6. Your dog is not addicted to treats

In developing countries, they can’t afford to buy cookies for the dog, but the dog still listens. It’s a first world problem! Obviously, it's not positive reinforcement for their behaviour anymore because the dog is gaining weight. There is nothing healthy about it. Weaning them off treats is no different from a diet. But first the owner has to agree with it. The owner believes the dog loves cookies. That’s why I say I train people and rehabilitate dogs. Dogs can do tricks for a stick. A dog can do it for a tennis ball, for a rock. Where I’m from even a coconut. They have a food drive and play drive, if you can nurture play drive, you can make a dog will play with a bottle. You need to make it so the dog is loyal to you, not the cookie. Without the cookie, you’re done!

7. Their sniffing is all about boundaries

Number one, that’s your name- that’s were all your identification comes from. If you make your behaviour more forward, and don’t more backward, creating a shield, you will avoid making them excited. Be calm, and claim your space. If you claim your space, they are going to give you space. Your scent belongs to you, but for the dog, they’ll get excited if you pull away and hide from them because you’re making him move more. He will track your smell.

8. They do know when you’re about to arrive home

They learn your pattern. They learn when you sleep, when you wake up, what days you’re more anxious. Even which days you get upset, lonely, because you’re a creature of pattern. They know you better sometimes than you know yourself. Dogs know if you’re upset and they are affected by it.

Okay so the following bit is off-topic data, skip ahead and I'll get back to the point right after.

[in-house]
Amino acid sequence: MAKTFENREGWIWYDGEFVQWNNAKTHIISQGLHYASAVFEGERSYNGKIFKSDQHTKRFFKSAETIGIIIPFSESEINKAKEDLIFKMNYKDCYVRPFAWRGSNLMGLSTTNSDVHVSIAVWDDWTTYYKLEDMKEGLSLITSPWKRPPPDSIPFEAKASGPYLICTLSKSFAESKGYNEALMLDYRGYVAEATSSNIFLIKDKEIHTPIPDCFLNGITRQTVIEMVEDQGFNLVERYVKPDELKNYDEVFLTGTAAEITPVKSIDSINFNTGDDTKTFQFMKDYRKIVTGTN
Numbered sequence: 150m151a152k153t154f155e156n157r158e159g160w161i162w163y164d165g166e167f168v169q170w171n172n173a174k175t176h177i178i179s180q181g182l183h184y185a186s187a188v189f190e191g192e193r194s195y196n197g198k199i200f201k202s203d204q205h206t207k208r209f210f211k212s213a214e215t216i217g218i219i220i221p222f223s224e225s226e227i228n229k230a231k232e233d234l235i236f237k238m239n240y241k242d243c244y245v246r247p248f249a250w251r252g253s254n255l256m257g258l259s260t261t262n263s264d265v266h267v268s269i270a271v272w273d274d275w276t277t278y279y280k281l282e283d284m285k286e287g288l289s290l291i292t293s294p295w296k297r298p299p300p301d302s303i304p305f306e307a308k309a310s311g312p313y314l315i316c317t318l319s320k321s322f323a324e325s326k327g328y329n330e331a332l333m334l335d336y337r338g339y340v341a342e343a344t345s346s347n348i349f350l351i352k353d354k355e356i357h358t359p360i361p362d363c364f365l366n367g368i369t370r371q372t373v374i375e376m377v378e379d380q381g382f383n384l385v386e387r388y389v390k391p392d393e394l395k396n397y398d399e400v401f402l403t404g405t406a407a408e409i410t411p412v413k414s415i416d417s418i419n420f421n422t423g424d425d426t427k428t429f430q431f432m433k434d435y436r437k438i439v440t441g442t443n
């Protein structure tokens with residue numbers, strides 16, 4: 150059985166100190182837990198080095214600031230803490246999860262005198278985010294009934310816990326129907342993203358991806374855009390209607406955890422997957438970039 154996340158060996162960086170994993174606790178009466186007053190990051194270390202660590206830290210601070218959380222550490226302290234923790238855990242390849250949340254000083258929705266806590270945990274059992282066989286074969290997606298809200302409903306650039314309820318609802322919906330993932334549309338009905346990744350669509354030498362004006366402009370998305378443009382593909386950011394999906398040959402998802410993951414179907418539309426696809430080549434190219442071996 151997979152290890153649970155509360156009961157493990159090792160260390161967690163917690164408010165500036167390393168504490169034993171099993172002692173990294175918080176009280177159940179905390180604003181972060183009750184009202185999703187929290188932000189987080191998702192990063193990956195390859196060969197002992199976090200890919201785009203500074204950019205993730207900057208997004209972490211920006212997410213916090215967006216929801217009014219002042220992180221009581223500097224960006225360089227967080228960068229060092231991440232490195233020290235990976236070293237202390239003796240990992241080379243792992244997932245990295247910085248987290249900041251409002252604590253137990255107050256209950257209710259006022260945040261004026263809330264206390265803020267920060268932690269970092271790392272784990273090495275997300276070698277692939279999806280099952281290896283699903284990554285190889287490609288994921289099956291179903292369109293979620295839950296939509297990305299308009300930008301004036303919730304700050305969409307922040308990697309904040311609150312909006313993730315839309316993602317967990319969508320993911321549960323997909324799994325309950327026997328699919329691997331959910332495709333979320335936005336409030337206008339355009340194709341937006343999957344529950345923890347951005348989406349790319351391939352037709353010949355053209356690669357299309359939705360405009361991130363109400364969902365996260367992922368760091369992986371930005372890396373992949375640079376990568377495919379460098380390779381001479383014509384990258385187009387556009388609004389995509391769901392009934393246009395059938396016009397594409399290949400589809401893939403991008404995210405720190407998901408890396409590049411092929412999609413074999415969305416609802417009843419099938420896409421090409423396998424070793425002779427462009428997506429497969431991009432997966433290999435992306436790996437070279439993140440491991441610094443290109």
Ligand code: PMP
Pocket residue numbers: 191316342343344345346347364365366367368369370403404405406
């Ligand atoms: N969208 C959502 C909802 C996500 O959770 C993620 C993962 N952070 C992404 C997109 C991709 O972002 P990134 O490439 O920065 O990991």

9. Dogs can sense when you’re not well

I’ve seen dogs that live in hospices who know exactly when the person is going to die. They know life. They know when a woman is pregnant. That’s sensitivity, that’s their abilities. They’re always connected to you inside. It’s almost like the dog is inside of you. It’s like there is an umbilical cord for the energetic relationship.

10. Dogs on a lead can be scary

You have to be careful of the dogs with a leash on. The dogs that are off leash you can convince them to behave, but the dogs that are on leash, they are reacting based on who is holding them. You get bitten more often from a dog on a leash. The street dog is not frustrated: they’re just telling you ‘you’re passing by my home’ so that’s why you should give them no eye-contact, no touch, and just let them smell you. It’s like a mafia thing.

11. You can be compatible with certain dogs over others

With family, you can’t pick. Your friends you can, so your friends are compatible. When you get a dog, that dog is a friend first, family second. Make sure you follow the steps - compatibility then family member. Most people just want to make them a family member, regardless of the energy. Most people pick a dog because it’s cute or because of its past. It’s an emotional impulse. But if you do it more logically - does the dog have the right energy? - your outcome will be perfect.

Check out Cesar Millan Live! ‘Once Upon A Dog’ on 26th March 2017 at 8pm at the Eventim Apollo, Hammersmith tickets: www.eventim.co.uk or 0844 249 1000